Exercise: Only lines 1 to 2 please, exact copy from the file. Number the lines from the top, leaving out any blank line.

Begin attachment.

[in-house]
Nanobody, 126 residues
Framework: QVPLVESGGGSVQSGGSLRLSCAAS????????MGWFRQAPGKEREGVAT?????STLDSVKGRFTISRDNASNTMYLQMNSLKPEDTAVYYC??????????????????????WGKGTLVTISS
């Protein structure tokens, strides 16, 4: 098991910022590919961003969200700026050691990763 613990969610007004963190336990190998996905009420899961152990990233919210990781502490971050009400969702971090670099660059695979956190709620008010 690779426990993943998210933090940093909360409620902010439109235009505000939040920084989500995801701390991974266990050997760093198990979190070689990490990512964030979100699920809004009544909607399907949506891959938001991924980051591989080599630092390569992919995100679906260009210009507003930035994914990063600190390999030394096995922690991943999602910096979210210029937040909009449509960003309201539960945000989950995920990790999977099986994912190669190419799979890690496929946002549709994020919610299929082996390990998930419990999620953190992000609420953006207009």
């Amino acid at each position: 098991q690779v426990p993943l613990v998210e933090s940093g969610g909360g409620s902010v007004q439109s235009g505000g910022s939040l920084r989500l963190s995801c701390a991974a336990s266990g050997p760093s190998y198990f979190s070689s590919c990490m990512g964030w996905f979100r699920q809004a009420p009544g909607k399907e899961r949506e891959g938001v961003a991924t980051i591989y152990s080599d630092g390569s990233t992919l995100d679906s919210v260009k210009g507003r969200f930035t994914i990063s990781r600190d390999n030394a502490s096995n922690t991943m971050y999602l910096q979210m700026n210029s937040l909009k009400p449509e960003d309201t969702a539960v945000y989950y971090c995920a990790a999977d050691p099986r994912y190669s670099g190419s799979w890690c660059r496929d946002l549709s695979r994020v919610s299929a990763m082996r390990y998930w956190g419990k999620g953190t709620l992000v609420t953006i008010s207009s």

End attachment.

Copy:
[in-house]
Nanobody, 126 residues